When people in Arizona get a divorce, it could lead to a reduction in their financial stability and that stretches into retirement. This may be particularly true for older adults who are already near retirement and who are getting divorced at much higher rates than in the past. A study by the Center for Retirement Research found that people who were divorced were 5 percent more likely to run out of assets. However, this did not appear to be true for divorced single women.
Divorcing couples in Arizona are required by law to keep some things the same as long as they are legally married. This may mean paying for an estranged spouse's health insurance and keeping them as the beneficiary on retirement accounts. However, there are a few things a spouse has the option to change while a divorce is still pending.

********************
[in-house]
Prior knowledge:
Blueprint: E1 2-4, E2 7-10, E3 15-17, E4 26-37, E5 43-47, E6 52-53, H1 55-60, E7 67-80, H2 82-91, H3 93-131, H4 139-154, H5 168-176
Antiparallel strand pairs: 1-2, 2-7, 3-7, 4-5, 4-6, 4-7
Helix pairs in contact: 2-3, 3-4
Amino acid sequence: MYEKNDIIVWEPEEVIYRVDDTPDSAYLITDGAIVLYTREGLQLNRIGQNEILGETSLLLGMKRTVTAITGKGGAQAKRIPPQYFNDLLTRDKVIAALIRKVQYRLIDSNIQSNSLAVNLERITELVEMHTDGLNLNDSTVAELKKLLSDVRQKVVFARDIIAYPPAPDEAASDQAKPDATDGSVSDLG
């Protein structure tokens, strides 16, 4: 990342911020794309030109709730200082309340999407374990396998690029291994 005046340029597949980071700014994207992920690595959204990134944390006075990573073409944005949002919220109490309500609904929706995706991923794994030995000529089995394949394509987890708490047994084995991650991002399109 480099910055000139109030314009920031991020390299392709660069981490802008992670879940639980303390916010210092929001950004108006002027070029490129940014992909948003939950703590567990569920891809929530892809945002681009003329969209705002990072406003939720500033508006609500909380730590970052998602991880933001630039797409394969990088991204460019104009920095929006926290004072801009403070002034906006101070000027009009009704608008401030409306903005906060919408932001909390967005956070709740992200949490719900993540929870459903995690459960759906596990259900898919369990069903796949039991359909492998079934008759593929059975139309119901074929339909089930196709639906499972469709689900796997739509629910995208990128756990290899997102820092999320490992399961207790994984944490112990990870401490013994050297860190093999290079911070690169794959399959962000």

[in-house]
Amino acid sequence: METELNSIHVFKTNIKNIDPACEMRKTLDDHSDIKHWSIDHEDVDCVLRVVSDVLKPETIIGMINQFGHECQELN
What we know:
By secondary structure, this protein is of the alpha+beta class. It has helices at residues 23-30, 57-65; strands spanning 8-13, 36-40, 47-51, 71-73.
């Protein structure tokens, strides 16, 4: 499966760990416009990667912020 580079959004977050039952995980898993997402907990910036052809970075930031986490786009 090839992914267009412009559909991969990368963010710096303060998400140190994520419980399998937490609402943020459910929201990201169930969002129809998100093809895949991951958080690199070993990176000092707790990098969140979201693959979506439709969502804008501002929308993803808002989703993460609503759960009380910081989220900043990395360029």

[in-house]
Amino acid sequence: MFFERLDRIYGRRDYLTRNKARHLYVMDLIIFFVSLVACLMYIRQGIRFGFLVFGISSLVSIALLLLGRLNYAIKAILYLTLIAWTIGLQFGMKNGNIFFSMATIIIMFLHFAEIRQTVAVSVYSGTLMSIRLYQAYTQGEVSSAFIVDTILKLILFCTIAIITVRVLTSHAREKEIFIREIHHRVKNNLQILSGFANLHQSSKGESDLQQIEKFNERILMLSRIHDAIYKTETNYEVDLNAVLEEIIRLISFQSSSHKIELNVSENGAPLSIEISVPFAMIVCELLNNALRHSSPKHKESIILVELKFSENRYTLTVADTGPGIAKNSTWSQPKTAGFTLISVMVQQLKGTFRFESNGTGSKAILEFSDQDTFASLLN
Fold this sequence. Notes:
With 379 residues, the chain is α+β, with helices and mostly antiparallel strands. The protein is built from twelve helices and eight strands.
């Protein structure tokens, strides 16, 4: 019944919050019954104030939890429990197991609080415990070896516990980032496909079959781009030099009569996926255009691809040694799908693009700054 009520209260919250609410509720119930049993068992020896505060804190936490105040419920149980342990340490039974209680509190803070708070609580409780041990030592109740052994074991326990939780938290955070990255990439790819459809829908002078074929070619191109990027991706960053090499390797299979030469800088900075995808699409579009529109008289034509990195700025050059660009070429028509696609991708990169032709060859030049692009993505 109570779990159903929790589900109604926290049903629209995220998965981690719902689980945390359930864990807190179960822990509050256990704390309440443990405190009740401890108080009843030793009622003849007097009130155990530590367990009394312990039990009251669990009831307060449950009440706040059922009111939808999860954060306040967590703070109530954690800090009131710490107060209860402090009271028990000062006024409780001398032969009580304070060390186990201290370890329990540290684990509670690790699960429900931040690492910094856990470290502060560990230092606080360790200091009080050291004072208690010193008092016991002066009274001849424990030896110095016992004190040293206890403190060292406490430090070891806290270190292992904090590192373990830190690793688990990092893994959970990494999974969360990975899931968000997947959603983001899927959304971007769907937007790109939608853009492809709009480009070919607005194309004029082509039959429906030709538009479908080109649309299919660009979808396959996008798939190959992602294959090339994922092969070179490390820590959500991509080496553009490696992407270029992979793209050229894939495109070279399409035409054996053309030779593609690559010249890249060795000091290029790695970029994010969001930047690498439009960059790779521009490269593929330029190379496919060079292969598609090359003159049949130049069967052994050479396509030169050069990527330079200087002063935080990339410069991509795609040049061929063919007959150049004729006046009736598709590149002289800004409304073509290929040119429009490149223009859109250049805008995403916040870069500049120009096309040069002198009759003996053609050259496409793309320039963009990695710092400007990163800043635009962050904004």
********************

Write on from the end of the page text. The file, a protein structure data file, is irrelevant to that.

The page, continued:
When some Arizona parents are ordered to pay child support, they attempt to shirk their financial responsibilities by becoming voluntarily unemployed or impoverished. Essentially, this means that a person may voluntarily leave his or her job or stay unemployed even when he or she has the opportunity to work. Some individuals may even work under the table so that their income is not reported.
A parent in Arizona who loses a job is not automatically allowed to pay less in child support. If the parent is eligible for unemployment, the unemployment office needs to be notified about the child support order. Child support payments will then be deducted from the unemployment benefits.